“From what I have heard, every single bit of it was planned by him,” said one source familiar with the Gogarburn campus. “He liked the grass to be cut a certain length and be a certain colour of green. He was a perfectionist to the absolute extreme.”
Given what happened to RBS in 2008, three years after the site was opened amid much fanfare, it is easy to see why Gogarburn has been dubbed “Fred’s folly”. Stories about his supposed obsession with small details about the building began before it was even open.
One of the most common is that Goodwin’s hatred of mess and any form of disorder led him to commission special sloping-top filing cabinets, so anything carelessly placed on top would slide off onto the floor. He rebutted stories about a secret “scallop kitchen” to serve hungry executives, clarifying that it in fact served many different kinds of seafood.
RBS declined to comment formally about its former CEO, and Goodwin himself did not respond to a request for comment from The Independent. But the bank now says that many rumours about Gogarburn’s excesses were wide of the mark. Suggestions by the former City minister Lord Myners that Goodwin had hired someone to ensure that only notes bearing his signature were dispensed from the building’s cash machine are not correct, it insists.
Perhaps the most delicious metaphor for Goodwin’s time at RBS is Gogarburn’s so-called “road to nowhere” – a Tarmac track which abruptly ends at the edge of a field. Goodwin sued the Sunday Times for suggesting that this was originally intended to be a private road to Edinburgh Airport – presumably so he could be ferried to the bank’s private jet – although the writ was eventually withdrawn.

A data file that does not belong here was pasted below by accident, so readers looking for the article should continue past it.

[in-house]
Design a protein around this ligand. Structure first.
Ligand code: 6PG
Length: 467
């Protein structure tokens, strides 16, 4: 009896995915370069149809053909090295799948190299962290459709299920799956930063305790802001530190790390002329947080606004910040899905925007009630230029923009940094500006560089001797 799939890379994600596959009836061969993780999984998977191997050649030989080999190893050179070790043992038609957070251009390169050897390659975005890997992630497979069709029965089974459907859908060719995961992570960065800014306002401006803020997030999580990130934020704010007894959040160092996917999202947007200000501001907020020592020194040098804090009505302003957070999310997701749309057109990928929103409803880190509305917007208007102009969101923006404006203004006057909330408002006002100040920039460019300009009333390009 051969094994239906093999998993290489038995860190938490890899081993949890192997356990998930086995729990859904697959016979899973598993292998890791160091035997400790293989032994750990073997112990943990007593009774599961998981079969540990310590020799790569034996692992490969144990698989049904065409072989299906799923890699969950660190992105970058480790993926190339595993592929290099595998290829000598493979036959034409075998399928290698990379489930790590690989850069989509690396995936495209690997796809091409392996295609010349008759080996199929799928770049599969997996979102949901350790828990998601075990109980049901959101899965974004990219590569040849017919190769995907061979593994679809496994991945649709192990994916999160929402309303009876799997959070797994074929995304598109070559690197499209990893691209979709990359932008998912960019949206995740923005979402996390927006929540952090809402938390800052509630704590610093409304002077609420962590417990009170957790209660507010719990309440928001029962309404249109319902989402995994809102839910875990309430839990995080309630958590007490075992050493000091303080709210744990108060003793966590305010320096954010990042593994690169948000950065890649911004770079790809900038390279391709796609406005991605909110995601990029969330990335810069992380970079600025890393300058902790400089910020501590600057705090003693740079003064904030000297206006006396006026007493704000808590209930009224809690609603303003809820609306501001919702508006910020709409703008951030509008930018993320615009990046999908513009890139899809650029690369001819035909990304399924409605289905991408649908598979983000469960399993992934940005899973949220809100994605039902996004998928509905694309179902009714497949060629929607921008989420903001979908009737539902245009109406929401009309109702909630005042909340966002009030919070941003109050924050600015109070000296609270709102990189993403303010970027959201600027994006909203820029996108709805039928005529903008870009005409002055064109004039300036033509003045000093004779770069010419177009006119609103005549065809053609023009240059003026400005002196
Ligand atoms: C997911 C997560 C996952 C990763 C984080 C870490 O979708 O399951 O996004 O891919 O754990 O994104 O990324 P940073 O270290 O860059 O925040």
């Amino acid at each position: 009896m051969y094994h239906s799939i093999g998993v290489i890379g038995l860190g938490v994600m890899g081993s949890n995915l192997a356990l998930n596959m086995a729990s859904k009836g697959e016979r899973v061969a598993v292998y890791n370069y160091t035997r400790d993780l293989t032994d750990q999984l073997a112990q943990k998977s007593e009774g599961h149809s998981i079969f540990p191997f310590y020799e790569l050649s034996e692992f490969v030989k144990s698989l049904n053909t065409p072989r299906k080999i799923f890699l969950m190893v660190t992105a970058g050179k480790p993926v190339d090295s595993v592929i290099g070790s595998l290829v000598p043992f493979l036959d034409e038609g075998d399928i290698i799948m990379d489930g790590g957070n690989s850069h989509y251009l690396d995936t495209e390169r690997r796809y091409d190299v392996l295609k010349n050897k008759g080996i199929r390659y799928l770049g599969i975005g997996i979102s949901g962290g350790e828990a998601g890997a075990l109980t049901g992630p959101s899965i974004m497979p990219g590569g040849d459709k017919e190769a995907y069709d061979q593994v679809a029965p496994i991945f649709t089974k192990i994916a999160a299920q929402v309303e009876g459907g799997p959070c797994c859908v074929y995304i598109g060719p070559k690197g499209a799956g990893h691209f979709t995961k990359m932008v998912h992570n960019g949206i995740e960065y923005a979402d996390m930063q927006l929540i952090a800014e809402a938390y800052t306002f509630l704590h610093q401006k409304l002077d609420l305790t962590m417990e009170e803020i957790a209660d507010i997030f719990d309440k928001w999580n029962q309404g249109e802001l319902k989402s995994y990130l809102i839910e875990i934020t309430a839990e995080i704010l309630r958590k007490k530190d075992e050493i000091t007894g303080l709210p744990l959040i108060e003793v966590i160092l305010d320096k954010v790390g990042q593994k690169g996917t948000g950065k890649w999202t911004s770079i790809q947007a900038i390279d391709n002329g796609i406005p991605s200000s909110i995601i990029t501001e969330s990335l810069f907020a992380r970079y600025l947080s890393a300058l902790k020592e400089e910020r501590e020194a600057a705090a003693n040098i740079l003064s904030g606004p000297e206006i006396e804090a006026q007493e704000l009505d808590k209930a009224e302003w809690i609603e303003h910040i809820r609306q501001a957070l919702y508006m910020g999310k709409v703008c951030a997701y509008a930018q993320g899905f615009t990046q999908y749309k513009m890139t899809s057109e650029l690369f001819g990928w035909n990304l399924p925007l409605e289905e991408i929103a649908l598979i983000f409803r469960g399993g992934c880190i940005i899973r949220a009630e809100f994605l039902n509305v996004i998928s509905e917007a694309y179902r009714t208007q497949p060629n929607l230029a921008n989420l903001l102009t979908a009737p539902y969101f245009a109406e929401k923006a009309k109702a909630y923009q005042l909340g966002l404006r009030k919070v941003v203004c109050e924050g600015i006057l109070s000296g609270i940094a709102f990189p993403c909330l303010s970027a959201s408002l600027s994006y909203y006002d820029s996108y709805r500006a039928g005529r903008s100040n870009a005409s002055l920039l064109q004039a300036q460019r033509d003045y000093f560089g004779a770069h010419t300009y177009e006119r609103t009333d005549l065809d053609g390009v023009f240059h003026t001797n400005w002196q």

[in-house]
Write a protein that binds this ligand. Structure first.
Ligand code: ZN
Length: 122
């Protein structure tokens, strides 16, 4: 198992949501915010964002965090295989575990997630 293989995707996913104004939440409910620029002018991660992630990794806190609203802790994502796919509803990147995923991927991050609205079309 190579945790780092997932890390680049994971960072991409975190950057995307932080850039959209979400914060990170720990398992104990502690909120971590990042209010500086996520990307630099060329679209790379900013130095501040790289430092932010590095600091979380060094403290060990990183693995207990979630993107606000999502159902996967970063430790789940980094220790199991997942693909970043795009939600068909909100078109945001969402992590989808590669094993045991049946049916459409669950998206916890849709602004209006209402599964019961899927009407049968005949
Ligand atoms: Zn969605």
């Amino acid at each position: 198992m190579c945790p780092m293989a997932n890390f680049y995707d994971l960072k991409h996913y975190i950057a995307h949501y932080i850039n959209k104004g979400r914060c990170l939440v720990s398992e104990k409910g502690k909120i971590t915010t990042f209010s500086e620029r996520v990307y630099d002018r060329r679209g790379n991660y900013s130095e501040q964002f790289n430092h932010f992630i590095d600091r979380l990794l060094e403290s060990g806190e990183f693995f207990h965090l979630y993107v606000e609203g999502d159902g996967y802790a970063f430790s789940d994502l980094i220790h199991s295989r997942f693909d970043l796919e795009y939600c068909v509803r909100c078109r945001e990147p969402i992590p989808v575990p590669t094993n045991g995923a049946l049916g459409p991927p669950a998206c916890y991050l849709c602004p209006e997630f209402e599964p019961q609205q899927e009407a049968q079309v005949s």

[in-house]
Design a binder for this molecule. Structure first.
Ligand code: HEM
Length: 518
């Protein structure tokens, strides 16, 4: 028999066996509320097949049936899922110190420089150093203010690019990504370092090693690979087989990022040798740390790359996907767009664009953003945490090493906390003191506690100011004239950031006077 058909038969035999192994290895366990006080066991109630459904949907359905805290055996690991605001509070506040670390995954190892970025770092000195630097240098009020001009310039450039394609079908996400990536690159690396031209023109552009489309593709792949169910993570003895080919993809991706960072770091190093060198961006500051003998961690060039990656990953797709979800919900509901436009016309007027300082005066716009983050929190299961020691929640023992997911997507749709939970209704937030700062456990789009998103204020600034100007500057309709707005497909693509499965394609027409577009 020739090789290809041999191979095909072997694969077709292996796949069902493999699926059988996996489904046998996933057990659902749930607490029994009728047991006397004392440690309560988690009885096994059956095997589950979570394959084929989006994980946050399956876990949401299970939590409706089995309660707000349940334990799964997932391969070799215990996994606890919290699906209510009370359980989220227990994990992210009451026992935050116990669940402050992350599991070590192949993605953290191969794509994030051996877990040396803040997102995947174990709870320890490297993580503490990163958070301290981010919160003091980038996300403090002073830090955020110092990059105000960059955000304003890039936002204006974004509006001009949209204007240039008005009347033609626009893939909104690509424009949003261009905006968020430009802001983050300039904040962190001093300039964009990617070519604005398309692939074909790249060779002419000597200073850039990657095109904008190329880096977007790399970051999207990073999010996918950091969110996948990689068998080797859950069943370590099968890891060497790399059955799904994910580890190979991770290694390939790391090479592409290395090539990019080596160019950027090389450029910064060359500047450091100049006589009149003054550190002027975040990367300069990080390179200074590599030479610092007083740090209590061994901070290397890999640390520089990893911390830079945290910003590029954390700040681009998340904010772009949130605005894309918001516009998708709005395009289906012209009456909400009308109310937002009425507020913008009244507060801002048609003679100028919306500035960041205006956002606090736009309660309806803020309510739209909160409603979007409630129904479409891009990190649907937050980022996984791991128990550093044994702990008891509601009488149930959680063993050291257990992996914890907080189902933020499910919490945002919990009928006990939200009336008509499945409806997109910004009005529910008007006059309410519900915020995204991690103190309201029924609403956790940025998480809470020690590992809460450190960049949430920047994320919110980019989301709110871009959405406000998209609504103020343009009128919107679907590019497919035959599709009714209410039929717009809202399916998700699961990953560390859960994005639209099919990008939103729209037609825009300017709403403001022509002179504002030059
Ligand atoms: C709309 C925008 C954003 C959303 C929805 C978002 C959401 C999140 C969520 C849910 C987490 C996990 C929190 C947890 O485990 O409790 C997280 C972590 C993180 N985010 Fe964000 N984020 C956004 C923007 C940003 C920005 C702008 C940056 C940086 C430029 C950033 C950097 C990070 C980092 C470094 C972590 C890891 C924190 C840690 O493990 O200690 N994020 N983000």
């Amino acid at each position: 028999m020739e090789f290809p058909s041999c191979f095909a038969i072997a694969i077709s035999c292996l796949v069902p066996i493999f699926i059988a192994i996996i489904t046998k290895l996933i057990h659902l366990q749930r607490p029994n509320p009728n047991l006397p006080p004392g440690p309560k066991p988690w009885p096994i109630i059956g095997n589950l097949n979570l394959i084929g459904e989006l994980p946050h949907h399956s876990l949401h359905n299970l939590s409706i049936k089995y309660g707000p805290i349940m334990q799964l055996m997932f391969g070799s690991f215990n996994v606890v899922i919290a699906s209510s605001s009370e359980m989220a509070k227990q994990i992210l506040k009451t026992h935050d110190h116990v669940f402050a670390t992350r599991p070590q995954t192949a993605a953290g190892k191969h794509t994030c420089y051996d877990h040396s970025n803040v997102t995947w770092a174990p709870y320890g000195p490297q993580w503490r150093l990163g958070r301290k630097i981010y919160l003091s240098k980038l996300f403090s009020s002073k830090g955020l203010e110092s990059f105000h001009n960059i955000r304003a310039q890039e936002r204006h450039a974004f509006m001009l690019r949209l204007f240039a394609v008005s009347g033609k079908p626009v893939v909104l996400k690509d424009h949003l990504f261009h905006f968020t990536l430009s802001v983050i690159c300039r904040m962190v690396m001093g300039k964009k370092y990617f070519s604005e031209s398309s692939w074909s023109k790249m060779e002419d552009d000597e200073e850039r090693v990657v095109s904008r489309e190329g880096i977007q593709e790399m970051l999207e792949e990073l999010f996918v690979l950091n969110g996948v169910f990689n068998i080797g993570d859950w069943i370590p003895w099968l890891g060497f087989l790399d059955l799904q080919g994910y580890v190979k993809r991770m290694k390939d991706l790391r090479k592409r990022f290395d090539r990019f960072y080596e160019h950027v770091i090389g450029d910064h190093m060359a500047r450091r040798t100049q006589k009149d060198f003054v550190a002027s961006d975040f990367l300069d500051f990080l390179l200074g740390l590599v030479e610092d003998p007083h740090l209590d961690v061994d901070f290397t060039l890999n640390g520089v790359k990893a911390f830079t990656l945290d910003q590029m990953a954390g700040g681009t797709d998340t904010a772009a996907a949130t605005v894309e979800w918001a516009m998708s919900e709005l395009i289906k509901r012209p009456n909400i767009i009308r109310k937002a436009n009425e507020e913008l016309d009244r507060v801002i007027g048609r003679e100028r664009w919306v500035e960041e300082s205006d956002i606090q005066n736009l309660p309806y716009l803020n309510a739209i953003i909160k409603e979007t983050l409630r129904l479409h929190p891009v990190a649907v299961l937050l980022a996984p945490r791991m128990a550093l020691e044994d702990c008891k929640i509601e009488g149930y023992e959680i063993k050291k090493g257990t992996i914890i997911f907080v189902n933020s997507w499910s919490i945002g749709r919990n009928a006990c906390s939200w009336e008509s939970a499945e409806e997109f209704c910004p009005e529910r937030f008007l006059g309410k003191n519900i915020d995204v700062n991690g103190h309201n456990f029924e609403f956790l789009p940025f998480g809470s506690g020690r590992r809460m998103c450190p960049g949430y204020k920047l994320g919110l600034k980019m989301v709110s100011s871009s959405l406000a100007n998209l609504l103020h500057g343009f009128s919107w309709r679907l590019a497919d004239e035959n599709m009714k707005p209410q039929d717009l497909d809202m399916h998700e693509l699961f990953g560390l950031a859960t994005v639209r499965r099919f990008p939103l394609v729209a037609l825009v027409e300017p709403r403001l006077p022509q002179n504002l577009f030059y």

Another theory which does the rounds at RBS is that the road was going to lead to a neighbouring golf course so Goodwin could indulge in his favourite sport. Perhaps nobody will ever know for certain. But the road to nowhere is still there, a physical monument to a time before the world-changing events of 2008.
Gordon Merrylees, head of entrepreneurship at RBS, has worked at the company for 30 years and remembers being at Gogarburn during the Goodwin era, when he and others were physically prevented from even entering the Executive Wing. Having young entrepreneurs sitting in those same offices with laptops will be a highly symbolic moment, he added.
“I’ve been a senior manager in this bank for many years, but in that previous era my pass wouldn’t let me past,” he said. “Now we’re about to knock down our walls and bring in the outside world.”
Mr Merrylees added that the conversion of the Executive Wing into an entrepreneurship centre was a “big statement” for the bank and that staff had been visibly emotional when the news was announced earlier this year. “It’s been a tough place to be, as you can imagine,” he said. “We’re not just any other bank, we’ve been subject to higher expectations and a different set of standards. We know we’ve got a special obligation to the people of this country – we have relied on them, and they rely on us. That debt we’ve got to repay has been felt nowhere more keenly than it has been in Scotland.”Reuse content